# What is the difference between a concave and a convex mirror?

What is the difference between a concave and a convex mirror? A concave mirror and a convex mirror are both types of spherical mirrors, which means they have curved surface that reflects light. The main difference between them is how they reflect light and the types of images they form.

## Concave mirror

A concave mirror is a spherical mirror that curves inward, like the inside of a spoon. It is also known as a converging mirror because it reflects light rays in such a way that they converge at a point called the focal point. The focal point is located along the principal axis of the mirror, which is an imaginary line that passes through the center of the sphere of which the mirror is a part.

When light rays from an object reflect off a concave mirror, they converge at the focal point. The distance between the object and the mirror is known as the object distance (u), and the distance between the image and the mirror is known as the image distance (v). The relationship between the object distance, image distance, and focal length (f) of the mirror is given by the mirror formula:

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1/f = 1/u + 1/v

If the object is placed beyond the focal point, a real image is formed that is inverted and smaller than the object. If the object is placed between the mirror and the focal point, a virtual image is formed that is upright and larger than the object. Concave mirrors are commonly used in telescopes, microscopes, and other optical instruments to focus light and form images. They are also used in car headlights and searchlights to concentrate the light in a specific direction.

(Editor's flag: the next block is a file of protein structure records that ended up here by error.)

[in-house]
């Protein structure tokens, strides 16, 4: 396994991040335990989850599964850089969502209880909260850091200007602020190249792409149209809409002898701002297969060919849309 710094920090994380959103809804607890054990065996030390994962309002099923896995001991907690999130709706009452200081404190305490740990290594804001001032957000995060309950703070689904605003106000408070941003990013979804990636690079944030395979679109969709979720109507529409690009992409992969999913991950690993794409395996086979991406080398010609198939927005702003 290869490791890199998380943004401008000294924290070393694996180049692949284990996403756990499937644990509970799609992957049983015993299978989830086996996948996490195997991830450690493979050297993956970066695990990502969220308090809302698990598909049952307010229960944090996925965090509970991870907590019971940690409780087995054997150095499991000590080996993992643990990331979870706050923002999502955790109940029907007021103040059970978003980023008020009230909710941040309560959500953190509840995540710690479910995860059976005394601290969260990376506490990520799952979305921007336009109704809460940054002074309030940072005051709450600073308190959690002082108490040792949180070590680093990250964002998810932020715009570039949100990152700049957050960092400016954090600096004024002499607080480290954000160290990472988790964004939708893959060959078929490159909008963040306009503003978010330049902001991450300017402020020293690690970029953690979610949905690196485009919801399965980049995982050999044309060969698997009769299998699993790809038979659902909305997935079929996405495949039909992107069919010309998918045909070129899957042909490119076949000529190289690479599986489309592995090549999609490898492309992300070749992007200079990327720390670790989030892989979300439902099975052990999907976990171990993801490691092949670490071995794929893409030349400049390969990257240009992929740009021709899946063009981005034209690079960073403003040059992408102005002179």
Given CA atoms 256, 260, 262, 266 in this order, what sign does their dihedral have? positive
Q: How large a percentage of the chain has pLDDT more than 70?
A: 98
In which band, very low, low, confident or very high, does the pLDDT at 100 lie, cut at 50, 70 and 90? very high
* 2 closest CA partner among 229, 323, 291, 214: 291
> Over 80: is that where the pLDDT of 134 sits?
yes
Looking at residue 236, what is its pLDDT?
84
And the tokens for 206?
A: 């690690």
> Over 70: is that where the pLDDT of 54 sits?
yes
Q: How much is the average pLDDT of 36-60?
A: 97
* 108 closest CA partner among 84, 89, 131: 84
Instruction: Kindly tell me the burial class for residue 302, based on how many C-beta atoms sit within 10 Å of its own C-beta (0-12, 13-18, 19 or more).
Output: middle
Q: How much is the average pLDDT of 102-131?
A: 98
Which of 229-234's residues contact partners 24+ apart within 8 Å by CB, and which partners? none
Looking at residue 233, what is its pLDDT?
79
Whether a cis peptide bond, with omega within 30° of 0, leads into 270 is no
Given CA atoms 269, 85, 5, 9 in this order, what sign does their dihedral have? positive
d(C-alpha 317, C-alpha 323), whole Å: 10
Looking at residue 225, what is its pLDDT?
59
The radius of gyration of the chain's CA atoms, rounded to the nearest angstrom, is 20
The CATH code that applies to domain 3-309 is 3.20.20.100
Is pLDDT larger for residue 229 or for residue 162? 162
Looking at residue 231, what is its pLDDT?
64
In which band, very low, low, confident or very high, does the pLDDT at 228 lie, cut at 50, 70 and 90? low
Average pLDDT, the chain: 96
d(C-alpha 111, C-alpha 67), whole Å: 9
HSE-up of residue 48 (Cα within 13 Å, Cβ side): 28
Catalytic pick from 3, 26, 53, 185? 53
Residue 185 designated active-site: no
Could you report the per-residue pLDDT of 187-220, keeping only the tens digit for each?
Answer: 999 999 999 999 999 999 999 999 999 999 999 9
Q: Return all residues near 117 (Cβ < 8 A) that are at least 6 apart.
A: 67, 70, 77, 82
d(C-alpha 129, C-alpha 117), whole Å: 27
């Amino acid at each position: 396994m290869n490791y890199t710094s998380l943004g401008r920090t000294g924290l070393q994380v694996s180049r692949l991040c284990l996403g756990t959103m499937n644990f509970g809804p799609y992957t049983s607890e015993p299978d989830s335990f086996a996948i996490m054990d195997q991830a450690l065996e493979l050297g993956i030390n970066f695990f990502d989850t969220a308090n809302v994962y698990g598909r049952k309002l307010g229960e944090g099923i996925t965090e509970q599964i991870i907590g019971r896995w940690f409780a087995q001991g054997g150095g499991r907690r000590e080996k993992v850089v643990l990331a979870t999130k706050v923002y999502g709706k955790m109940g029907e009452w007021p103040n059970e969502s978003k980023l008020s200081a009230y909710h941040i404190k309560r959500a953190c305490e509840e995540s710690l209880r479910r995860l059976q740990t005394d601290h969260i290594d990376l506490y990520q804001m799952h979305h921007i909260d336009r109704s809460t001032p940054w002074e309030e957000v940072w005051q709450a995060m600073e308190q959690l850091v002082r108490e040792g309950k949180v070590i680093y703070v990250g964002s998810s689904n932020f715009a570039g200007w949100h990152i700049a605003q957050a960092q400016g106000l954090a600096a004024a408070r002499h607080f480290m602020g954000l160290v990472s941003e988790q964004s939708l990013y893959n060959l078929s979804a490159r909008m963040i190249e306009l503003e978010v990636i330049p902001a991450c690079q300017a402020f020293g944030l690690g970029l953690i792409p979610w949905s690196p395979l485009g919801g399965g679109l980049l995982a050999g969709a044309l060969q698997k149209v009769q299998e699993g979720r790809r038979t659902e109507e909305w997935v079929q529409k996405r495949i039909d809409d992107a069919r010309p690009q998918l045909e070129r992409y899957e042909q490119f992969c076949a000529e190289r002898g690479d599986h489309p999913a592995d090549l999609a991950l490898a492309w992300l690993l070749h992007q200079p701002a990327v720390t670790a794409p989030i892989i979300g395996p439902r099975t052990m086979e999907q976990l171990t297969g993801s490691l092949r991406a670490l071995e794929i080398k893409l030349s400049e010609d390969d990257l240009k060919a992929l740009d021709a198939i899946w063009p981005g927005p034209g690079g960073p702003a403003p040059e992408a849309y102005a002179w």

## A convex mirror

A convex mirror is a spherical mirror that curves outward, like the back of a spoon. It is also known as a diverging mirror because it reflects light rays in such a way that they diverge away from each other. The focal point for a convex mirror is a virtual point behind the mirror.

When light rays from an object reflect off a convex mirror, they diverge away from each other. The image formed by a convex mirror is always virtual, upright, and smaller than the object. The distance between the object and the mirror is known as the object distance (u), and the distance between the image and the mirror is known as the image distance (v). The relationship between the object distance, image distance, and focal length (f) of the mirror is given by the mirror formula:

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1/f = 1/u + 1/v

Convex mirrors are commonly used as side-view mirrors on cars since they provide a wider field of view than flat mirrors. They are also used in security cameras, store mirrors, and other applications where a wide-angle view is needed. Because they do not form real images, convex mirrors cannot be used to focus light or form images in the same way that concave mirrors can.

## The difference between a concave and a convex mirror

A concave mirror is a spherical mirror that curves inward, like the inside of a spoon. When light rays from an object reflect off a concave mirror, they converge at a point called the focal point. The image formed by a concave mirror can be either real or virtual, depending on where the object is placed relative to the focal point. If the object is placed beyond the focal point, a real image is formed that is inverted and smaller than the object. If the object is placed between the mirror and the focal point, a virtual image is formed that is upright and larger than the object.

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A convex mirror, on the other hand, is a spherical mirror that curves outward, like the back of a spoon. When light rays from an object reflect off a convex mirror, they diverge away from each other. The focal point for a convex mirror is a virtual point behind the mirror. The image formed by a convex mirror is always virtual, upright, and smaller than the object. Convex mirrors are commonly used as side-view mirrors on cars, since they provide a wider field of view.

In summary, concave mirrors reflect light inward and form real or virtual images depending on the position of the object relative to the focal point, while convex mirrors to reflect light outward and always form virtual images that are smaller than the object.